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Participial Phrase

The participial phrase includes the participle and the object of the participle or any words modified by or related to the participle.

[In the following examples, the participle is bold and the participial phrase is underlined.]

  1. The car sliding out of control toward building will likely hit the window.
    1. SLIDING modifies the CAR. The verb is WILL HIT.
  2. Cameron spotted his brother throwing rocks at the passing cars.
    1. THROWING is not a verb in this sentence. It describes the brother. Without an auxiliary verb, it cannot function as a verb. SPOTTED is the verb for the subject CARMEN.
  3. The astronaut chosen to ride the space shuttle to Mars is afraid of heights.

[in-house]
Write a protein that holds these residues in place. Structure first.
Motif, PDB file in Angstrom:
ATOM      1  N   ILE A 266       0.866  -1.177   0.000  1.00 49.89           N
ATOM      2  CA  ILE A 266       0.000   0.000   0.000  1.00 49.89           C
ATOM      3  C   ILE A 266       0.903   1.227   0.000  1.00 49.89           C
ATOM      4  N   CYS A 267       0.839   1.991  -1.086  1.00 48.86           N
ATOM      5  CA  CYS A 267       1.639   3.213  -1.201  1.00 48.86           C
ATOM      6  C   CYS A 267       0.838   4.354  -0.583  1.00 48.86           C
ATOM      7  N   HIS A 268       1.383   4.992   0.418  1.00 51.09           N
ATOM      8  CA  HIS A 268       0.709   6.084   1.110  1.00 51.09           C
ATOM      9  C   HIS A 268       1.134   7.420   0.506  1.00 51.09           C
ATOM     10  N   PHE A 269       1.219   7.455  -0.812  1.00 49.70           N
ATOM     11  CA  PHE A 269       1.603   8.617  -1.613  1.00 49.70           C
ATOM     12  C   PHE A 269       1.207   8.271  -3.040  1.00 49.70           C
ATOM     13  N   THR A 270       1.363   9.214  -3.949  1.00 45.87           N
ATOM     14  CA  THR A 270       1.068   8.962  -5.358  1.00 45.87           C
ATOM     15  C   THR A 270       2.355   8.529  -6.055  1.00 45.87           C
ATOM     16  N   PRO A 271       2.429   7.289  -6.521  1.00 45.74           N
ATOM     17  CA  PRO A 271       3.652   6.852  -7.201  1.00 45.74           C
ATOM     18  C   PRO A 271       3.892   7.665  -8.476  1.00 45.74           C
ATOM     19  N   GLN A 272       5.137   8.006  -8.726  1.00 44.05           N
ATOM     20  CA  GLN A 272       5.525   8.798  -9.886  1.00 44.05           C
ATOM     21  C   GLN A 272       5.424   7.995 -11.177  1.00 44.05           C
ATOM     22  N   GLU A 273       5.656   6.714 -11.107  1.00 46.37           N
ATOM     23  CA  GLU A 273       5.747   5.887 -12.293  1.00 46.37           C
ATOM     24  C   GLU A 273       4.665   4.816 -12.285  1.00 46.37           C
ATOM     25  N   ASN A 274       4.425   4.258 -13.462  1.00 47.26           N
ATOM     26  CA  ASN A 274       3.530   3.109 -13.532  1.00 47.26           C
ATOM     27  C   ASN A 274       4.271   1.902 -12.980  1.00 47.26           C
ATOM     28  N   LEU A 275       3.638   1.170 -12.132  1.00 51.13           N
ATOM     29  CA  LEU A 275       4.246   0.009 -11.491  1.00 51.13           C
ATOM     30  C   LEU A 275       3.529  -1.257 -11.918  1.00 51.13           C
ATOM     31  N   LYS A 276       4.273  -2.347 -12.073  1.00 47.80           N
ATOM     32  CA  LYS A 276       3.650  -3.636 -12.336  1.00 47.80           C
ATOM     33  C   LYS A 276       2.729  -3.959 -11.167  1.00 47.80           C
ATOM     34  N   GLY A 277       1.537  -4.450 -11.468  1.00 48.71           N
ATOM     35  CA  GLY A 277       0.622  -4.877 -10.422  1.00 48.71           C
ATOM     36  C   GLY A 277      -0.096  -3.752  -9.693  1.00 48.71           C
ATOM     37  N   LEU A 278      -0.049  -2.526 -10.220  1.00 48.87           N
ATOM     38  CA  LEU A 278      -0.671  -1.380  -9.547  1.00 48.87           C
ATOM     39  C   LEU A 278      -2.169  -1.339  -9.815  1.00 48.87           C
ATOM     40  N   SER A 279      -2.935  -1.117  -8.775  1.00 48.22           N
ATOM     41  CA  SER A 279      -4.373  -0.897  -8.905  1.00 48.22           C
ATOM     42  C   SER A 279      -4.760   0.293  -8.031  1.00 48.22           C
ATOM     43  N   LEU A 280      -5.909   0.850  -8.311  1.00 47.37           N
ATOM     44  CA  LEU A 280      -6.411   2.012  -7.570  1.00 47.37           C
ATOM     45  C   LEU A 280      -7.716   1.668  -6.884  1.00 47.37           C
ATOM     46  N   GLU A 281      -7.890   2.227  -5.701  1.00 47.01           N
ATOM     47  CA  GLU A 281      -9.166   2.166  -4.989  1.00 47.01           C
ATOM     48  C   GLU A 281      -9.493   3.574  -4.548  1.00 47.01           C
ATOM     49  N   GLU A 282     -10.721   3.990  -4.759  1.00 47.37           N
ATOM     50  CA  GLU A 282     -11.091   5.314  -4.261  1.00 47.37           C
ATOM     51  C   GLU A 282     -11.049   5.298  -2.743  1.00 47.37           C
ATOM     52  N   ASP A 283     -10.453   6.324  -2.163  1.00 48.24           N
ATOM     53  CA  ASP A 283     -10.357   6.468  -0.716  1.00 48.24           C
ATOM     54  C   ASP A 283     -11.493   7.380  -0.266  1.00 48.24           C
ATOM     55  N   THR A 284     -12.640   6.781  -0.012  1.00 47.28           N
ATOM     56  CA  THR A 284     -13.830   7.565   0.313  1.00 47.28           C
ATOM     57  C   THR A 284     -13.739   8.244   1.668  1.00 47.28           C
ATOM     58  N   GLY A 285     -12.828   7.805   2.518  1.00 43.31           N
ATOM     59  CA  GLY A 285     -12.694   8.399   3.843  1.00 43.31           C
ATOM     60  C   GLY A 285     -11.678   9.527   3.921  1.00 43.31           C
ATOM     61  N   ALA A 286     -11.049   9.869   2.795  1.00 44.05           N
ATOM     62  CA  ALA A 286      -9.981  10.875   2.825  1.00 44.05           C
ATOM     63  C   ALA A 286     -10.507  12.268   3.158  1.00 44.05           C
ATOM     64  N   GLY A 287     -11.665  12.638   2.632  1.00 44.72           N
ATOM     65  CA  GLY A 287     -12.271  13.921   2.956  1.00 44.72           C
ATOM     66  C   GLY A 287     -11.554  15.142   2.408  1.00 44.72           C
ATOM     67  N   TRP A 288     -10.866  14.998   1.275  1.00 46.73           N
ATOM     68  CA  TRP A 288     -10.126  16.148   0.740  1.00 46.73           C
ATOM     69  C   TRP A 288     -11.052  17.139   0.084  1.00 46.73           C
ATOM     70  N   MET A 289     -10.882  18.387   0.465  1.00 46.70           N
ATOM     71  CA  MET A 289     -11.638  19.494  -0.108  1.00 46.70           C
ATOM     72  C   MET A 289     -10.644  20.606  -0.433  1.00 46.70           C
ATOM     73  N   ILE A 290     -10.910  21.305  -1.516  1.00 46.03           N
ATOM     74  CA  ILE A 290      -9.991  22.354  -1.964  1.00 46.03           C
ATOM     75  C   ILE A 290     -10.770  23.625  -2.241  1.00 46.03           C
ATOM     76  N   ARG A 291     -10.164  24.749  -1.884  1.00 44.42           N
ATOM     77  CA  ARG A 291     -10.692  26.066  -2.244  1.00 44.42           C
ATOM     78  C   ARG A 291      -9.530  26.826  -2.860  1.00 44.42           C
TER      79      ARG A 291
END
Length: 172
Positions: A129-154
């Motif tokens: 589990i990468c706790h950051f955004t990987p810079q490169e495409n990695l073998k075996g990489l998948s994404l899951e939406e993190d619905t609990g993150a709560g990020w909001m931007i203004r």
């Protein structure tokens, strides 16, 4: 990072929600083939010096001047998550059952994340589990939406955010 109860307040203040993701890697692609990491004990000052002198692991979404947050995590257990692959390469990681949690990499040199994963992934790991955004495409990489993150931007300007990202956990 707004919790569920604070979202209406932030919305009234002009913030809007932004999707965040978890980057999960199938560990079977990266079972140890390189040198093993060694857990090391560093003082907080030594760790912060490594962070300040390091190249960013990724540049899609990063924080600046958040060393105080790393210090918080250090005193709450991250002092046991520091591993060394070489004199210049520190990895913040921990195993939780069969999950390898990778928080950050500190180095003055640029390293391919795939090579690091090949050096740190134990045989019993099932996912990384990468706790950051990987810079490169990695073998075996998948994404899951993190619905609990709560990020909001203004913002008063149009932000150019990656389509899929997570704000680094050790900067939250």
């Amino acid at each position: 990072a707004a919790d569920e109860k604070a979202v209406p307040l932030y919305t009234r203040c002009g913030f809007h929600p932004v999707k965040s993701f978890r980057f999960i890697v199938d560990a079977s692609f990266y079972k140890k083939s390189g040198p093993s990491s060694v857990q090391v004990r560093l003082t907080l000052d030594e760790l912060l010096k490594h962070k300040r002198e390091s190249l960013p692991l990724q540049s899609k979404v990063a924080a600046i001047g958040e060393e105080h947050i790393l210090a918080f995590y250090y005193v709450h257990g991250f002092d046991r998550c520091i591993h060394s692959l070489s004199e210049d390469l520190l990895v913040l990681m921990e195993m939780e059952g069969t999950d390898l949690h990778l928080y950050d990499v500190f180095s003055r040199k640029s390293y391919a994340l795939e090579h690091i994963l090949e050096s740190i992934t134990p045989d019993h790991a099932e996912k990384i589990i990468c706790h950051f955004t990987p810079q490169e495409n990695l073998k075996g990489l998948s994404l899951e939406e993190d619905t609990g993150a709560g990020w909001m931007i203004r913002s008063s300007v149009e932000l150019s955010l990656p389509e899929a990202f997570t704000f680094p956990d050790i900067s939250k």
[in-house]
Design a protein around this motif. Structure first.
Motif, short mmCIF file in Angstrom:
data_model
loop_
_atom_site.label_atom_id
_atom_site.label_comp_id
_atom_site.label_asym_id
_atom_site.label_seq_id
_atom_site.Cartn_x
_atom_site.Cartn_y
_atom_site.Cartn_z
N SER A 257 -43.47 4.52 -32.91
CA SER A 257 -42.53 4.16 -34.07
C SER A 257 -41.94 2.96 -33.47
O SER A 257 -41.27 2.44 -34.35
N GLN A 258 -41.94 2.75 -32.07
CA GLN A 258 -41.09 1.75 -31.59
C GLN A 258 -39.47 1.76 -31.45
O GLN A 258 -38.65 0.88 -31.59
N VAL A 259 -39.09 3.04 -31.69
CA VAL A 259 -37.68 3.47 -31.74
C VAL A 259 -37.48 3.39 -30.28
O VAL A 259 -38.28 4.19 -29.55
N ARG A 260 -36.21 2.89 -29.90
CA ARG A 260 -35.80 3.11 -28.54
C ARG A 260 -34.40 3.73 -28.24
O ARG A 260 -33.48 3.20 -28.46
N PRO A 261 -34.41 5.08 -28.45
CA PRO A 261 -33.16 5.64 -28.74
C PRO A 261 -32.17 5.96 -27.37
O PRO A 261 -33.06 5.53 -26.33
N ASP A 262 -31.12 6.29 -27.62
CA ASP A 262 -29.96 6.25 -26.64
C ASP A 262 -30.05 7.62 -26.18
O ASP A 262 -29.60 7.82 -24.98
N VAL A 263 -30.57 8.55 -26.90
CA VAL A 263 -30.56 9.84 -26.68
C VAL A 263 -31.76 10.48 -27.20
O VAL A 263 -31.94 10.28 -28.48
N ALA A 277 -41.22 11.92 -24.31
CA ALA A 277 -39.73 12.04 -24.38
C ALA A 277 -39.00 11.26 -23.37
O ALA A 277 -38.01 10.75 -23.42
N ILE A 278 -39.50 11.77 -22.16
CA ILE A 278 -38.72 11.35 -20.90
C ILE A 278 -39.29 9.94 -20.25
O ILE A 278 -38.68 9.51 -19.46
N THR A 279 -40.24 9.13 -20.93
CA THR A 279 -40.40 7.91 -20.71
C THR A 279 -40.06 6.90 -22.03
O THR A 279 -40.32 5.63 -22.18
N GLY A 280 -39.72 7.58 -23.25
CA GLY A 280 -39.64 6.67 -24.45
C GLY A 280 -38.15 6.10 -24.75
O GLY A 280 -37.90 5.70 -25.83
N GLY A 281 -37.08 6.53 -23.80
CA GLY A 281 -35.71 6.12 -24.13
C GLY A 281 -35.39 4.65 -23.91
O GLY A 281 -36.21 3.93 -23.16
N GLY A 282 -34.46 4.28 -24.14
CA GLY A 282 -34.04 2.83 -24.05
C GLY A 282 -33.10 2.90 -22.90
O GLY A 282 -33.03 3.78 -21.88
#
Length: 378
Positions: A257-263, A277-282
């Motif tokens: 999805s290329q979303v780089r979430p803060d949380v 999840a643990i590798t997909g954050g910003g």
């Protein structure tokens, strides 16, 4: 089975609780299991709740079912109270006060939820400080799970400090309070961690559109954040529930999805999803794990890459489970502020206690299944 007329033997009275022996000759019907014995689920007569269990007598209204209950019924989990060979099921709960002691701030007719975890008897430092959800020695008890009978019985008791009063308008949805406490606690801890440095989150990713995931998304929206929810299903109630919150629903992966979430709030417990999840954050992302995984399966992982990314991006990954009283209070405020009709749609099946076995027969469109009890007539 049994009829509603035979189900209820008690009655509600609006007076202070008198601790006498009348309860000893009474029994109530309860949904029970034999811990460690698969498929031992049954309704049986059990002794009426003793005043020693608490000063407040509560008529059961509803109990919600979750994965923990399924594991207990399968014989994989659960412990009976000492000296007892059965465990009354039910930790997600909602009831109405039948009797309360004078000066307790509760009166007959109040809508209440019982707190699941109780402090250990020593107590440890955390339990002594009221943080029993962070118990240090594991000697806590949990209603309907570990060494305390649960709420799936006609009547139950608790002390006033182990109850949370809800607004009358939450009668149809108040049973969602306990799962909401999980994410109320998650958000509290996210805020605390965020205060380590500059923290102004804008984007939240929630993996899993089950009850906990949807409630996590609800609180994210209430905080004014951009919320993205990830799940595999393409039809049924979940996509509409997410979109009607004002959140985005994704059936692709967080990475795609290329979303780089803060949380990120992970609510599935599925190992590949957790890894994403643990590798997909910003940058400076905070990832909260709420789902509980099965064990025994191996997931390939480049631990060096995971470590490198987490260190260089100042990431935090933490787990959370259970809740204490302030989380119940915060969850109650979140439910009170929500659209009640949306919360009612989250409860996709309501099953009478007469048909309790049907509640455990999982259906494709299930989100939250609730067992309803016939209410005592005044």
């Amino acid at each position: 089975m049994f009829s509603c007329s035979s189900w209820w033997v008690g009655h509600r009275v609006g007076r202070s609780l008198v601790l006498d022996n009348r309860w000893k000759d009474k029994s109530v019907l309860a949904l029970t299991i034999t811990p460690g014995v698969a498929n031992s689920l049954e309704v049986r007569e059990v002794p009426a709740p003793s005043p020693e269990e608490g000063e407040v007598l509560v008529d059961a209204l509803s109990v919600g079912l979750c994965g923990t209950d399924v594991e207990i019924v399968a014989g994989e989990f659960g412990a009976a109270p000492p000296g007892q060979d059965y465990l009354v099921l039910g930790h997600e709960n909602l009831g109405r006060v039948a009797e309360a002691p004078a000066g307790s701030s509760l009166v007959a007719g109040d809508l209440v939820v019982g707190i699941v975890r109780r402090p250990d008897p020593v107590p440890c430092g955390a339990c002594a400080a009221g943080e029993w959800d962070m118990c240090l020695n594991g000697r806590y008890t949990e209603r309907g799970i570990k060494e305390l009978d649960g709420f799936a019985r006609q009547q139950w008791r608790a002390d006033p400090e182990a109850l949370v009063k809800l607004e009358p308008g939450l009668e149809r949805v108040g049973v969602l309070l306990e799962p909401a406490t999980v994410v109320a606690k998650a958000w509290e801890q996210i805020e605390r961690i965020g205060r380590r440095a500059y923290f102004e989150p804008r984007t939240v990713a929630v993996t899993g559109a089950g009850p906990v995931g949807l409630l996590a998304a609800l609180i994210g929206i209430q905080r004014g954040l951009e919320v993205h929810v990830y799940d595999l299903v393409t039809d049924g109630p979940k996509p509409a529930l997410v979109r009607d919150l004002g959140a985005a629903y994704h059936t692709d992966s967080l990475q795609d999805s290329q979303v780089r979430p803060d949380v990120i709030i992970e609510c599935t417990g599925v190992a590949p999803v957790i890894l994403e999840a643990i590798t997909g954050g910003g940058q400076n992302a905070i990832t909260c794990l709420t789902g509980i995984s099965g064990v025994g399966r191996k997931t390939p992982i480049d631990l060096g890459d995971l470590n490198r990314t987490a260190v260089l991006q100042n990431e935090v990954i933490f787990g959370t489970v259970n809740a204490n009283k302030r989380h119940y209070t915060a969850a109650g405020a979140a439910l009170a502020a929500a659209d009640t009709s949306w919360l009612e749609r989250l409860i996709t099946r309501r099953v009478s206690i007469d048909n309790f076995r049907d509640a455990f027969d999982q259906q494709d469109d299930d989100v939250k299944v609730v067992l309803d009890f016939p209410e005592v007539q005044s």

1. CHOSEN describes the ASTRONAUT.
  4. Running down the street, Alicia tripped and fell.
    1. RUNNING certainly indicates something the subject is doing, but the verbs for the subject are TRIPPED and FELL.
  5. Penned in by other runners, Steve was unable to make a break for the finish line.
    1. STEVE is the subject. WAS is the verb. PENNED describes STEVE.
  6. Mark returned the damaged package to the manufacturer.
    1. Follow the steps to find the participle. What is the subject? MARK. What is the verb (i.e. what did Mark do?) RETURNED. And DAMAGED describes PACKAGE.
  7. Alex fell down the broken staircase.
    1. BROKEN describes STAIRCASE.